author = "Kolok, {Alan S} and {Sellin Jeffries}, {Marlo K.} and Lindsey Knight and Snow, {Daniel D} and Bartelt-Hunt, {Shannon L}",
year = "2014",
month = "4",
doi = "10.1111/jawr.12158",
language = "English (US)",
volume = "50",
pages = "266--274",
journal = "Journal of the American Water Resources Association",
issn = "1093-474X",
publisher = "Wiley-Blackwell",
number = "2",

}

TY - JOUR

T1 - The hourglass

T2 - A conceptual framework for the transport of biologically active compounds from agricultural landscapes

AU - Kolok, Alan S

AU - Sellin Jeffries, Marlo K.

AU - Knight, Lindsey

AU - Snow, Daniel D

AU - Bartelt-Hunt, Shannon L

PY - 2014/4

Y1 - 2014/4

N2 - Recent research has suggested that the fate of biologically active compounds (BACs) originating from point sources such as wastewater treatment plants is fundamentally different from that of similar compounds released from nonpoint sources through runoff from agricultural landscapes. Downstream from wastewater treatment plants, BACs will degrade via a variety of mechanisms; however, their concentration in the water adjacent to the point of discharge may not decrease over time, as the compounds are continually released. In contrast, in agricultural systems, BACs are episodically introduced to surface water during snowmelt and rainstorm events, and under these circumstances, may be found in water for only hours or days after a storm event. Recent research in our laboratories as well as others, has suggested that sediments play an important role in the persistence of herbicides and steroids in watersheds after nonpoint source loading events. Conceptually, the sediment serves as both a sink and a source, equilibrating with BACs during storm events then slowly releasing them back into the water over time, long after the initial pulse of chemicals has moved downstream.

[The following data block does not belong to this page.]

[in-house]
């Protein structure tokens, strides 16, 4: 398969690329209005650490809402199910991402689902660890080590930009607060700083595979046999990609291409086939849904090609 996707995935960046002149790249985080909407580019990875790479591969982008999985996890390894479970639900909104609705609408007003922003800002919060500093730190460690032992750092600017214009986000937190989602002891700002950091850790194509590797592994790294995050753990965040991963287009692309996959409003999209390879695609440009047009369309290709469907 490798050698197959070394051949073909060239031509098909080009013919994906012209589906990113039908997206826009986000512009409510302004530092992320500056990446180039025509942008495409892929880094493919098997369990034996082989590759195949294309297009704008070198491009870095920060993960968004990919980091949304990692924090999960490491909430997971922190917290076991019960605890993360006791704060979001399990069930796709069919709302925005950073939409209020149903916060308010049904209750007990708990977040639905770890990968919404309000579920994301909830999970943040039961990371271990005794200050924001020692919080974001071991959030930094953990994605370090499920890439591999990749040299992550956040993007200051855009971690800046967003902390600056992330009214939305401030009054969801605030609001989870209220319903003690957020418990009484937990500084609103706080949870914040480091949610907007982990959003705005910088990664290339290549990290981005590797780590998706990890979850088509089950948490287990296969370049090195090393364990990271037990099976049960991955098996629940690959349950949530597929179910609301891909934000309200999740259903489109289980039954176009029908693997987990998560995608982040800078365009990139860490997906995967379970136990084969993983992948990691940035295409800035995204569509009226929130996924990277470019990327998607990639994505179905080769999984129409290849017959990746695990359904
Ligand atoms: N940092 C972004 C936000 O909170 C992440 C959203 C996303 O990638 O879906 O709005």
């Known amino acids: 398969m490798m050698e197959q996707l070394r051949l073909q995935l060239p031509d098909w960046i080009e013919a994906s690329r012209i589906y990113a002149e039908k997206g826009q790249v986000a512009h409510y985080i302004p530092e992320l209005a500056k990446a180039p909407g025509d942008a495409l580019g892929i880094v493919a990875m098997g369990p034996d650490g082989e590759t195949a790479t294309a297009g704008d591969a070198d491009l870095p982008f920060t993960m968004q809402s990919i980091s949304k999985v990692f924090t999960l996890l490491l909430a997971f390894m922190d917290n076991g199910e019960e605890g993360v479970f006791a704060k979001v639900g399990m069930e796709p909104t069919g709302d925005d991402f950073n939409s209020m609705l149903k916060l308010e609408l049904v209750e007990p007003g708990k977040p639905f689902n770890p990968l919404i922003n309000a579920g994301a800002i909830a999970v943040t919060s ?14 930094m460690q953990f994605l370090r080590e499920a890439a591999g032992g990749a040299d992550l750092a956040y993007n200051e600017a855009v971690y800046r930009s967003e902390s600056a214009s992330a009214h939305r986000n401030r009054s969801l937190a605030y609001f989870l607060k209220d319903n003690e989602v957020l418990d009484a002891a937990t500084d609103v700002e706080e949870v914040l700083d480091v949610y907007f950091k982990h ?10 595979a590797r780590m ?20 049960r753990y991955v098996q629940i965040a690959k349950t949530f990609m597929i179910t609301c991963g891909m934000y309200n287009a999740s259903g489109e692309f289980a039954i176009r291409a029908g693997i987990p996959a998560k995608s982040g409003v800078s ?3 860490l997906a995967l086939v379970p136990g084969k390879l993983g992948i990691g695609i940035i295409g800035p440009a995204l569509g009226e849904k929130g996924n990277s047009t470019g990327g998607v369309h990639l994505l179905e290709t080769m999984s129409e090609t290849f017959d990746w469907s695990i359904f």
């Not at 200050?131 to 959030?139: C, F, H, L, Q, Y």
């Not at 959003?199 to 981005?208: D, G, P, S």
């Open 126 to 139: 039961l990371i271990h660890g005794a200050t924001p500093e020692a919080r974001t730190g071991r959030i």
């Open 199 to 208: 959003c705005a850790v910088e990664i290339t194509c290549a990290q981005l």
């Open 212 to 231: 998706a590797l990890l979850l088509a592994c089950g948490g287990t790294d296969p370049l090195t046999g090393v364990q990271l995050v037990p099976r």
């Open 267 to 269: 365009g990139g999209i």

AB - Recent research has suggested that the fate of biologically active compounds (BACs) originating from point sources such as wastewater treatment plants is fundamentally different from that of similar compounds released from nonpoint sources through runoff from agricultural landscapes. Downstream from wastewater treatment plants, BACs will degrade via a variety of mechanisms; however, their concentration in the water adjacent to the point of discharge may not decrease over time, as the compounds are continually released. In contrast, in agricultural systems, BACs are episodically introduced to surface water during snowmelt and rainstorm events, and under these circumstances, may be found in water for only hours or days after a storm event. Recent research in our laboratories as well as others, has suggested that sediments play an important role in the persistence of herbicides and steroids in watersheds after nonpoint source loading events. Conceptually, the sediment serves as both a sink and a source, equilibrating with BACs during storm events then slowly releasing them back into the water over time, long after the initial pulse of chemicals has moved downstream.

KW - Agrichemicals

KW - Biologically active compounds

KW - Endocrine disruptive activity

KW - Pharmaceuticals

KW - Sediment

KW - Steroids

UR - http://www.scopus.com/inward/record.url?scp=84897458811&partnerID=8YFLogxK

UR - http://www.scopus.com/inward/citedby.url?scp=84897458811&partnerID=8YFLogxK

U2 - 10.1111/jawr.12158

DO - 10.1111/jawr.12158

M3 - Article

AN - SCOPUS:84897458811

VL - 50

SP - 266

EP - 274

JO - Journal of the American Water Resources Association

JF - Journal of the American Water Resources Association

SN - 1093-474X

IS - 2

ER -